LTW: My partner shared with me a Facebook post she saw, that said “The greatest healing will take place when live music comes back.” That feels like a theme of this interview, the power of music. For you personally what is the power of music?

Barney: My formative years as just a person in general and my whole life, I can separate it down into musical chapters. It is incredibly important, absolutely one hundred per cent. The only side note I would make to it, is that people in general are important and I wouldn’t want to partake in it if there was a very credible risk to the people in the process. I think that goes for the wider world. My mum and dad have got quite chronic health conditions and the idea that some people are putting out there, that says I’m alright, and there is a large percentage of people that are alright, so why shouldn’t the people that are not alright or potentially are not alright just stay out of the way. I mean really, is that what we have come too. It’s completely correct that quote, but obviously music still has to go in tandem with everything else. Because music is not solely in and of itself in this context. I think it’s a part of everything.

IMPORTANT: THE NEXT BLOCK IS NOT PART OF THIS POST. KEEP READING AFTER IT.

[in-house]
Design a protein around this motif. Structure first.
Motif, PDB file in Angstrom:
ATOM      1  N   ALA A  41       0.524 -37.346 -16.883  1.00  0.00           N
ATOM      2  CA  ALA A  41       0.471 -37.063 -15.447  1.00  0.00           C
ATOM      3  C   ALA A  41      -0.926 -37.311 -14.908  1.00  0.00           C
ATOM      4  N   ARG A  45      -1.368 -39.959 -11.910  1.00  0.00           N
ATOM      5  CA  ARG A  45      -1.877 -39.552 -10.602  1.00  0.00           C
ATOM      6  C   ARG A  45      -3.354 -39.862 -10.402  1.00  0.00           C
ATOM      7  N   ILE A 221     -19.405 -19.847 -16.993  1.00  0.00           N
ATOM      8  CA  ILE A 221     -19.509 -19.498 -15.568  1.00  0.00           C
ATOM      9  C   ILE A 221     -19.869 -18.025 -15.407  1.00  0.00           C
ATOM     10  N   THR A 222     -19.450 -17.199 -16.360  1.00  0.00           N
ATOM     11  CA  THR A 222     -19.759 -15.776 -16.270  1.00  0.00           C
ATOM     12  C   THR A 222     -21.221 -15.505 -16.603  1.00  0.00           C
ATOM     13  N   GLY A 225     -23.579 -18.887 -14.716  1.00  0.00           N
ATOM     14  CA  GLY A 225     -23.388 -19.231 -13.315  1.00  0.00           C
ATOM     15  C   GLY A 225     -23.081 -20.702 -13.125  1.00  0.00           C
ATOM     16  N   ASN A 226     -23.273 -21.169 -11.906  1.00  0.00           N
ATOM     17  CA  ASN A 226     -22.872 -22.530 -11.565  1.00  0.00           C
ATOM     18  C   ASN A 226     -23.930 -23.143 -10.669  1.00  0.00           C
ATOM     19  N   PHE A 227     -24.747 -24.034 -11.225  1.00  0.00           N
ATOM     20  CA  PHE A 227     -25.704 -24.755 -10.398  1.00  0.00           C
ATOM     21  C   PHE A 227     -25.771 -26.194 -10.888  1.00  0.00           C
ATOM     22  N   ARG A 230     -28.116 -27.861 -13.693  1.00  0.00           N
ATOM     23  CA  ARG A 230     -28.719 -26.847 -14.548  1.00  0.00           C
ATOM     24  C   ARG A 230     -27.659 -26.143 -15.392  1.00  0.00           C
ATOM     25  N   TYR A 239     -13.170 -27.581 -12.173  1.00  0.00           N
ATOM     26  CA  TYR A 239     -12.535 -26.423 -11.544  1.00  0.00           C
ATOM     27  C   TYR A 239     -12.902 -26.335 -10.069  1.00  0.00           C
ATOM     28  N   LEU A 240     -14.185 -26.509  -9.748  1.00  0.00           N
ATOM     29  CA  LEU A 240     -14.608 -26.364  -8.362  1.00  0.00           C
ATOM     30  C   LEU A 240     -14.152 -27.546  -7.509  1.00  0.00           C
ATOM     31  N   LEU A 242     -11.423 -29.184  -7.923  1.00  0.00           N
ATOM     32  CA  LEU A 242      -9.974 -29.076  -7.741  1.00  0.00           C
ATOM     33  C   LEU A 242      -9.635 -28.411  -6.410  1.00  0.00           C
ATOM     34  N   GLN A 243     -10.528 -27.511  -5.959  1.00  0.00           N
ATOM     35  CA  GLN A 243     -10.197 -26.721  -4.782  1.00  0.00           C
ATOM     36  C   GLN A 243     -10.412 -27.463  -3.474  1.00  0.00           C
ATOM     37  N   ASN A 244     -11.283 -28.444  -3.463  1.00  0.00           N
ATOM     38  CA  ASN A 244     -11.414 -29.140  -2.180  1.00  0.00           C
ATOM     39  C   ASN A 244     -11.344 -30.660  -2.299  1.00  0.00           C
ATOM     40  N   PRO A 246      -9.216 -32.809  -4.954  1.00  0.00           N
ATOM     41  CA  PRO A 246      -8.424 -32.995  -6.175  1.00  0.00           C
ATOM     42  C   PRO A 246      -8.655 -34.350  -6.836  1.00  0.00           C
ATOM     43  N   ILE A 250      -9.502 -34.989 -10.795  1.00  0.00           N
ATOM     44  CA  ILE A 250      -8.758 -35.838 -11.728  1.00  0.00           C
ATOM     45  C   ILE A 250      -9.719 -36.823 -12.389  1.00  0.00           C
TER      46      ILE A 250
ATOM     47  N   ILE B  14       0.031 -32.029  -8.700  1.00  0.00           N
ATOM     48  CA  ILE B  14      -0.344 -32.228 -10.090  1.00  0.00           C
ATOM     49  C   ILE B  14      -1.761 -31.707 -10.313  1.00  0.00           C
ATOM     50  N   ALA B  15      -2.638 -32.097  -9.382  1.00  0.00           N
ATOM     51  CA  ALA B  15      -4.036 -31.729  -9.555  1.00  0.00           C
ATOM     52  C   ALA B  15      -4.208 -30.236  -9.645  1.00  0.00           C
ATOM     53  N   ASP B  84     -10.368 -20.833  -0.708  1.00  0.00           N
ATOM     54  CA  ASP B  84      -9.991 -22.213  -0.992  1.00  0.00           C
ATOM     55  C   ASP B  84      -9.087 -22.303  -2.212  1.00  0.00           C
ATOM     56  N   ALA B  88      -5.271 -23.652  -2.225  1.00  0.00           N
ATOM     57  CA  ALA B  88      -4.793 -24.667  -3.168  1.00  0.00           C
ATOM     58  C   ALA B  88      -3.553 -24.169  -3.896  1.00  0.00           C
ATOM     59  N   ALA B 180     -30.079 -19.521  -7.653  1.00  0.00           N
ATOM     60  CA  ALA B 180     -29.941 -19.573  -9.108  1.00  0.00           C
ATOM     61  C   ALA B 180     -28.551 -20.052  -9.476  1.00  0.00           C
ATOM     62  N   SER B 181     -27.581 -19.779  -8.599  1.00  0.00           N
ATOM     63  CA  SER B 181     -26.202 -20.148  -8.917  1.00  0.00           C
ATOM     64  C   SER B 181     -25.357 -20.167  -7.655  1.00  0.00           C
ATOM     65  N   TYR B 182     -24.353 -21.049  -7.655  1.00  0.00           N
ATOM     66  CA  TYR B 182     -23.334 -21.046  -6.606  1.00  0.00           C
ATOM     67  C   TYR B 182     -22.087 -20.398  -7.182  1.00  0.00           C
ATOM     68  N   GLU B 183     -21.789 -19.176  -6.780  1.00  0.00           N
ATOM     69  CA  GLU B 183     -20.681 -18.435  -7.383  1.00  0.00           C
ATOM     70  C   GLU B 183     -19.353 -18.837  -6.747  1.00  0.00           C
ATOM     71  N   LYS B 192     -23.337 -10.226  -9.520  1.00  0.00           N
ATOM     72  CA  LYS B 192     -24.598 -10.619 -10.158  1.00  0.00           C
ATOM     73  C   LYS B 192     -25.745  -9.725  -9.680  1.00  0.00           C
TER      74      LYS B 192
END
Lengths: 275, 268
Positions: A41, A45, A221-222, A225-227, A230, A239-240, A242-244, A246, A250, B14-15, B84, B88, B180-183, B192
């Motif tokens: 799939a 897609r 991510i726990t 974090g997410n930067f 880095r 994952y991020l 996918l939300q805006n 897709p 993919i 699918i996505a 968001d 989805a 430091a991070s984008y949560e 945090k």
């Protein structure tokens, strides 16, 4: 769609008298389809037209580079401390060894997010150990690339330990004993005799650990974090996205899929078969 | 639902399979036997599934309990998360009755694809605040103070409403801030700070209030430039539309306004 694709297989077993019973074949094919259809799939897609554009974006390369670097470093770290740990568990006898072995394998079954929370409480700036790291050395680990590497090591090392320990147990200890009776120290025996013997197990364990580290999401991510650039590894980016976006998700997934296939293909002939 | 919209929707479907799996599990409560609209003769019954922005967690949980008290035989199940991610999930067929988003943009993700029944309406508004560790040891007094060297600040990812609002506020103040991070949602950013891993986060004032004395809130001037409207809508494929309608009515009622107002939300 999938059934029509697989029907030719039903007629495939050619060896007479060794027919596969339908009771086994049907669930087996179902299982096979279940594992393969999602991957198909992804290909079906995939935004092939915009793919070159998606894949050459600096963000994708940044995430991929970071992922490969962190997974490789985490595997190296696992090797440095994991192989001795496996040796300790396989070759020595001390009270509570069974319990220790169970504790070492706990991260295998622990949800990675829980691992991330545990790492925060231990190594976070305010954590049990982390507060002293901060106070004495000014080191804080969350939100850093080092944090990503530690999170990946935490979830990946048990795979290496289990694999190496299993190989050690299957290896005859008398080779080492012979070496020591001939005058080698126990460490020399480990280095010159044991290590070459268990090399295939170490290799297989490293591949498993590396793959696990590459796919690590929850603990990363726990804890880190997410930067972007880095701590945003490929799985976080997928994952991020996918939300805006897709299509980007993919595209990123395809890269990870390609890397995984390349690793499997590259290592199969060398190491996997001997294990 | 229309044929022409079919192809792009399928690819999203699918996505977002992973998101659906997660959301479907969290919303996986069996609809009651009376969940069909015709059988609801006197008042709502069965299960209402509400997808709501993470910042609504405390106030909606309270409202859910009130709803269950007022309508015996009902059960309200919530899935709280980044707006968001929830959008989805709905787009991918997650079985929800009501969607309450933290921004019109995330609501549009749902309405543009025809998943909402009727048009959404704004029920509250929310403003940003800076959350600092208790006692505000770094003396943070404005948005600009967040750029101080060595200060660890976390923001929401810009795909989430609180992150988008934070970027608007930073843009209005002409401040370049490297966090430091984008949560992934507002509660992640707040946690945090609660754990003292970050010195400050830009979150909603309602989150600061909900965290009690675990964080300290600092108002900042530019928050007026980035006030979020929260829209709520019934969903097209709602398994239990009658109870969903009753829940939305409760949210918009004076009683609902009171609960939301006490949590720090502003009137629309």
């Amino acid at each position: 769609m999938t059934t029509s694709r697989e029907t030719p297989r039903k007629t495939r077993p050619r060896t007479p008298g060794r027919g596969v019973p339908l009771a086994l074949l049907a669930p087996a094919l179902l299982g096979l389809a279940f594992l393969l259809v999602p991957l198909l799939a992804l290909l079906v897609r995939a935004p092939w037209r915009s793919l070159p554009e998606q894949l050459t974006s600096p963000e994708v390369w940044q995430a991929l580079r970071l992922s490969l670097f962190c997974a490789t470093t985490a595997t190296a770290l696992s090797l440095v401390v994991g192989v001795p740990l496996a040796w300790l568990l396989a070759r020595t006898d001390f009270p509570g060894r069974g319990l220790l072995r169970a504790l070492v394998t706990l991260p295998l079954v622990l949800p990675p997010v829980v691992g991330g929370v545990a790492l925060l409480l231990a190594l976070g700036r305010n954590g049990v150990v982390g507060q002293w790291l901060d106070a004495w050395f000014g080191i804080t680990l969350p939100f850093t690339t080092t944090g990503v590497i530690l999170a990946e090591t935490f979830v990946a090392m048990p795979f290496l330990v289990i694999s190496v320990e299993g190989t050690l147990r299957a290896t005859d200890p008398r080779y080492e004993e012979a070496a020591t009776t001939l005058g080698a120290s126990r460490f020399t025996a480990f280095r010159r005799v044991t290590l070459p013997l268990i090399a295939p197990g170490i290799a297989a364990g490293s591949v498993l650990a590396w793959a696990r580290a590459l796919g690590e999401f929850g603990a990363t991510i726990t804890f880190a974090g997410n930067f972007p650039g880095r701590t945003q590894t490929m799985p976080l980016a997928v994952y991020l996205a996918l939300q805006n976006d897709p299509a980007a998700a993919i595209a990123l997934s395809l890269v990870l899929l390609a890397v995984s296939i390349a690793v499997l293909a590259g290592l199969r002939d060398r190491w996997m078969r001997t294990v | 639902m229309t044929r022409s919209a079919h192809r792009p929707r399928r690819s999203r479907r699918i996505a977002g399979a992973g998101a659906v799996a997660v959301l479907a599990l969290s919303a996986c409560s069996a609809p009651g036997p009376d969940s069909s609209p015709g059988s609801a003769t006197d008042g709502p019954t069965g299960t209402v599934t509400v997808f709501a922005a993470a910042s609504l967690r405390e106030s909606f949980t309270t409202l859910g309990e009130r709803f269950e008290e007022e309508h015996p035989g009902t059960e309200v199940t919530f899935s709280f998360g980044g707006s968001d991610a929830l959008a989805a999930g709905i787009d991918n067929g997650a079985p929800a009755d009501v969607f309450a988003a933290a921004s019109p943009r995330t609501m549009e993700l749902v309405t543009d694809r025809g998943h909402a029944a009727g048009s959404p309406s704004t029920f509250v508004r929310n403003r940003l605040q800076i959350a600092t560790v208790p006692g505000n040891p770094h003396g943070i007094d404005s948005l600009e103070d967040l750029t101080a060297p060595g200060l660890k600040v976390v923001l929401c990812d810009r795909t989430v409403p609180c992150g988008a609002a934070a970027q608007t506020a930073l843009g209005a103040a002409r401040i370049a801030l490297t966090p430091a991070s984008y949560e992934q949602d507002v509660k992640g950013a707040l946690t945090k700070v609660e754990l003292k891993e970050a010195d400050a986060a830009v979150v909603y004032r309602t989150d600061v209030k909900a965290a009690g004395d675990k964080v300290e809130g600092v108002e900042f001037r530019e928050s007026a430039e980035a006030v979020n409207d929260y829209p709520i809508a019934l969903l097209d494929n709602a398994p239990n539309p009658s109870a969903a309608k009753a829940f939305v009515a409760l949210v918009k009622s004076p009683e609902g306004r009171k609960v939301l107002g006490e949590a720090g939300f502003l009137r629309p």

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All questions by Gareth Allen, with thanks to Anne Robertson for assistance with the transcription. You can find Gareth’s author profile here.

Photo courtesy of Century Media